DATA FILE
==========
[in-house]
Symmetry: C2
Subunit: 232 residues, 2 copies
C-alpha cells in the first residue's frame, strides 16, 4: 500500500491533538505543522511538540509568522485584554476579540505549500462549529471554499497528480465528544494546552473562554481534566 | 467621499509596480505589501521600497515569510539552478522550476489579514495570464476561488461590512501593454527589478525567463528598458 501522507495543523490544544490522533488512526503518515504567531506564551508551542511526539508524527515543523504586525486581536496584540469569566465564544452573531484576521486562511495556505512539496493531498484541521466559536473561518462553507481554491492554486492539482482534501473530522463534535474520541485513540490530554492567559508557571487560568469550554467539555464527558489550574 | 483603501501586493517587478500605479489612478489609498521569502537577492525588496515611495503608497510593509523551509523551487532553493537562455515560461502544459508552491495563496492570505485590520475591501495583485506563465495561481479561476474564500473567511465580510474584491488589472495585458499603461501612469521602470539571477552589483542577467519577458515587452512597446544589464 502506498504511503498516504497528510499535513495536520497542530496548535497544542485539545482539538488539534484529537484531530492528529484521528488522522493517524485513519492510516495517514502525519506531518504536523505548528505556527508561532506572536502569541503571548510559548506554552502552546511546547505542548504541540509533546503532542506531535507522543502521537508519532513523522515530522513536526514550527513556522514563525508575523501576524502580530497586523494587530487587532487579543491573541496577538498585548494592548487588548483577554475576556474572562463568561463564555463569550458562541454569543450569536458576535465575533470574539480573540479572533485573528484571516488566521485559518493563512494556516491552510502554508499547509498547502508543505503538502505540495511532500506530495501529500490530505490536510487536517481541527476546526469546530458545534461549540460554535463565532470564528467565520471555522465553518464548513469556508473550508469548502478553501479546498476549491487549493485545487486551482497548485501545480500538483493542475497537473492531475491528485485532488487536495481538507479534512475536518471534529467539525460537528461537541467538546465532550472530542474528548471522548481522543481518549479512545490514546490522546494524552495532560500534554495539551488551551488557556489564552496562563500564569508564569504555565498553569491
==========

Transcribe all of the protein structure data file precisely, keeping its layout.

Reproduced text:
[in-house]
Symmetry: C2
Subunit: 232 residues, 2 copies
C-alpha cells in the first residue's frame, strides 16, 4: 500500500491533538505543522511538540509568522485584554476579540505549500462549529471554499497528480465528544494546552473562554481534566 | 467621499509596480505589501521600497515569510539552478522550476489579514495570464476561488461590512501593454527589478525567463528598458 501522507495543523490544544490522533488512526503518515504567531506564551508551542511526539508524527515543523504586525486581536496584540469569566465564544452573531484576521486562511495556505512539496493531498484541521466559536473561518462553507481554491492554486492539482482534501473530522463534535474520541485513540490530554492567559508557571487560568469550554467539555464527558489550574 | 483603501501586493517587478500605479489612478489609498521569502537577492525588496515611495503608497510593509523551509523551487532553493537562455515560461502544459508552491495563496492570505485590520475591501495583485506563465495561481479561476474564500473567511465580510474584491488589472495585458499603461501612469521602470539571477552589483542577467519577458515587452512597446544589464 502506498504511503498516504497528510499535513495536520497542530496548535497544542485539545482539538488539534484529537484531530492528529484521528488522522493517524485513519492510516495517514502525519506531518504536523505548528505556527508561532506572536502569541503571548510559548506554552502552546511546547505542548504541540509533546503532542506531535507522543502521537508519532513523522515530522513536526514550527513556522514563525508575523501576524502580530497586523494587530487587532487579543491573541496577538498585548494592548487588548483577554475576556474572562463568561463564555463569550458562541454569543450569536458576535465575533470574539480573540479572533485573528484571516488566521485559518493563512494556516491552510502554508499547509498547502508543505503538502505540495511532500506530495501529500490530505490536510487536517481541527476546526469546530458545534461549540460554535463565532470564528467565520471555522465553518464548513469556508473550508469548502478553501479546498476549491487549493485545487486551482497548485501545480500538483493542475497537473492531475491528485485532488487536495481538507479534512475536518471534529467539525460537528461537541467538546465532550472530542474528548471522548481522543481518549479512545490514546490522546494524552495532560500534554495539551488551551488557556489564552496562563500564569508564569504555565498553569491